Ralph D. Rabinovitch
As expected, staff roles, responsibilities, rewards and related issues were recurring foci for discussion:
"After all, we’re only people"
Redl took it for granted, like everyone else, that "the most important aspect of a milieu is staff" and that many virtues in workers are desirable, including integrity, maturity, self-discipline and flexibility. He called the primacy of staff self-evident and, having mentioned the obvious, he rarely referred to it again. He hated cliches and avoided them. He did, however, give much attention to the questions of staff recruitment, selection and training. He always hoped for the ideal and expected the best. At the same time he recognized inevitable limitations; a major source of his profound influence with front-line workers was his respect for them as they were, with the prospect of continuing growth always implied.
"Let’s all bail together, or else"
The theme was the need for every worker to identify, beyond his or her individual discipline or points of view, with the total program. Either we keep the boat afloat together or we all sink together. This issue was especially crucial in a setting like ours with a very large staff drawn from at least eight disciplines. It was not always easy to maintain identification with the total effort but Redl kept the issue in the air and deftly brought us back to it.
"Prima donna – so long"
A specific related situation that especially intrigued Redl was the relationship of the individual therapists (psychiatrists, psychologists, and social workers in our setting) to the milieu program. He spotted with an eagle (and jaundiced) eye the therapists who viewed the milieu as an interfering ancillary, and they picked up the message loud and clear. Unreasonable territorial issues, rivalries, conflicting goals were often handled in the seminars with humor, directed not at the person but at the situation – a rare skill that was part of Redl’s teaching genius.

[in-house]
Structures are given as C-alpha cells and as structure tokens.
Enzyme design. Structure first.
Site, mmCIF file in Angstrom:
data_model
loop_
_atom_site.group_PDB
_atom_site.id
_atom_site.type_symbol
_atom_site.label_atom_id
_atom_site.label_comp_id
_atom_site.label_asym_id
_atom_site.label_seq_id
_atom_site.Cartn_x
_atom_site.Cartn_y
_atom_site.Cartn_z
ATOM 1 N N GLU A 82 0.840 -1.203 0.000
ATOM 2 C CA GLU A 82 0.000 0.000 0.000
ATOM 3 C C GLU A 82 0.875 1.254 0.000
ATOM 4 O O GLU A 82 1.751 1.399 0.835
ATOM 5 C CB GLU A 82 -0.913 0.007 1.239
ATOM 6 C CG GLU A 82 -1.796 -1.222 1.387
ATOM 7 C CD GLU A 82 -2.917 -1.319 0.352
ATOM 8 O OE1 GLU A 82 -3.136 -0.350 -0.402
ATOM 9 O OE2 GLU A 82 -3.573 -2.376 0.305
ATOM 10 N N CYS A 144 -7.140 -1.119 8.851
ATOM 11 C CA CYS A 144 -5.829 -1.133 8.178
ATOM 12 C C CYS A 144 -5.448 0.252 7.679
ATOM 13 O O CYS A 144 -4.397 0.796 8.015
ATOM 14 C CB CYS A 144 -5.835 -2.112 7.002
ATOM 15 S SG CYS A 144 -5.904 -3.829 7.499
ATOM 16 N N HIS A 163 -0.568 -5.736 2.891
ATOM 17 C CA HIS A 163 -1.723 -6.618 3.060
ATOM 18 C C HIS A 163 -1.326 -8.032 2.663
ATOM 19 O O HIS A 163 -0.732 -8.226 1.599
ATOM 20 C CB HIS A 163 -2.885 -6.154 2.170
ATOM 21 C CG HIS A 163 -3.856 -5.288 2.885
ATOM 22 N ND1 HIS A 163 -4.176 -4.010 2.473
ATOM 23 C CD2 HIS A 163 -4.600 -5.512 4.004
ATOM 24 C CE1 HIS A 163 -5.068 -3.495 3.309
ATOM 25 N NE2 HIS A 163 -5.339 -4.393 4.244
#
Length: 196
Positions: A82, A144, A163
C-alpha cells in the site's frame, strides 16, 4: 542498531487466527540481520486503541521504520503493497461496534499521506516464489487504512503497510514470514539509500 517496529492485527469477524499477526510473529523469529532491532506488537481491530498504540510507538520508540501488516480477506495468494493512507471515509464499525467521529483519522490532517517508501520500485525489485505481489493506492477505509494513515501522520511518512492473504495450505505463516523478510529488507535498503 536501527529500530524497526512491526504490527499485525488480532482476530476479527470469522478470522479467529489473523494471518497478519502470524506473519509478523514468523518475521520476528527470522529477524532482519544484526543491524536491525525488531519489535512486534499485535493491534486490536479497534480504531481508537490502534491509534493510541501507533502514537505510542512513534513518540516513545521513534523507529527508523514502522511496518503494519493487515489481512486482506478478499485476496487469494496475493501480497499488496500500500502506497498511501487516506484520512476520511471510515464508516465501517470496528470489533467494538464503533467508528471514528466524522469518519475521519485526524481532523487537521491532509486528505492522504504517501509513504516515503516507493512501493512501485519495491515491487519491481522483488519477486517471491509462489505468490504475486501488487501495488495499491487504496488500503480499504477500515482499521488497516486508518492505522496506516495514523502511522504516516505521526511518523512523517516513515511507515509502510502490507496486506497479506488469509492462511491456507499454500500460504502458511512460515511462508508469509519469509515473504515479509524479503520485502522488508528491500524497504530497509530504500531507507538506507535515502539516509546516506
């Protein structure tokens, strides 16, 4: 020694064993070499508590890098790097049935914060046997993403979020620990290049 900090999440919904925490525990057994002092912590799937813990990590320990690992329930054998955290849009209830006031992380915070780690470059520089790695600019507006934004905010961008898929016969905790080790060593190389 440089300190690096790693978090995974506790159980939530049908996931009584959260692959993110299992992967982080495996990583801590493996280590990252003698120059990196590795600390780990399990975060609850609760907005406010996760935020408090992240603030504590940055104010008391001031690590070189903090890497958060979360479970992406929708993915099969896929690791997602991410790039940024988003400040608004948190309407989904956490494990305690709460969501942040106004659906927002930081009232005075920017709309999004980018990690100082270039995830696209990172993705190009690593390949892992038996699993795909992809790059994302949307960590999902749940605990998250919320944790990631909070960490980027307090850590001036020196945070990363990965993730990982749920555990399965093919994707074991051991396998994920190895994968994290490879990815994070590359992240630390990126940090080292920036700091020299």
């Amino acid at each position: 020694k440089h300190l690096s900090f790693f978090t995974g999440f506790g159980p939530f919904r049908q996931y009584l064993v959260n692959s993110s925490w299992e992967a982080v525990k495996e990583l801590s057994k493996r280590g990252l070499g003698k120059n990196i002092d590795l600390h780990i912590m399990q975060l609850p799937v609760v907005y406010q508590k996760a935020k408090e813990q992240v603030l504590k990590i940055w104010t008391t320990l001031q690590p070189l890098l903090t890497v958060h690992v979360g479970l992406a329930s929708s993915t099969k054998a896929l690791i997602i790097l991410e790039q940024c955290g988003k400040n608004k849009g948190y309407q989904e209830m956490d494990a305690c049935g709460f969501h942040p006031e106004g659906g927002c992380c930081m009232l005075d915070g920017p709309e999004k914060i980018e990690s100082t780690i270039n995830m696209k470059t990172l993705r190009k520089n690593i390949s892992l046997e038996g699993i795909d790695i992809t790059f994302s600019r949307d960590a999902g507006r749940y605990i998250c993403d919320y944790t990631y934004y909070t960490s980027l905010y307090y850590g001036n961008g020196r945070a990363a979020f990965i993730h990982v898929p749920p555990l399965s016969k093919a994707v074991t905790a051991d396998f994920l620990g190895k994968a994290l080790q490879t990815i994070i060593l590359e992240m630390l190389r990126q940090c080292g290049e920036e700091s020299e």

"The staff, their attitudes and feelings – but please let’s not call it all ‘transference"’
In the field in general it was customary to spend hours in at times racking discussions of workers’ feelings; these topics were often raised in RedI’s seminars. He acknowledged their importance and listened patiently for a while but before long managed to channel the discussion to issues of child management. Feelings are always present but a major challenge for the worker is to separate feelings from action, "two very different items on the milieu menu."
"Behavior received in a day’s time"
The impact of action or specific management is the focus here. There is a constant need to define the "forms" employed by staff for intervention – "limit-setting, expression of acceptance and love, etc.," – the actual communications to the child. Sensitivity to these forms is crucial for staff role awareness and monitoring. There is often a conflict between feeling and form. An interesting example arose from time to time in the overuse of snacks in the living areas. During these binges, wishing to provide compensatory gratification, everyone seemed to ply nourishment day and night. There was no question that many of the children at Hawthorn, previously deprived, needed compensatory gratification at many levels. But when gratification becomes seduction, a pause to examine the form of intervention is in order. Here the feeling, the wish to gratify, is positive; the form is negative. As Redl reminded us, pacifiers are usually at best only transiently effective.
Rabinovitch, R. D. (1991) The Milieu Staff. In William C.
Morse, Crisis Intervention in Residential Treatment, The Clinical
Innovations of Fritz Redl.
New York: Haworth Press. pp 76-78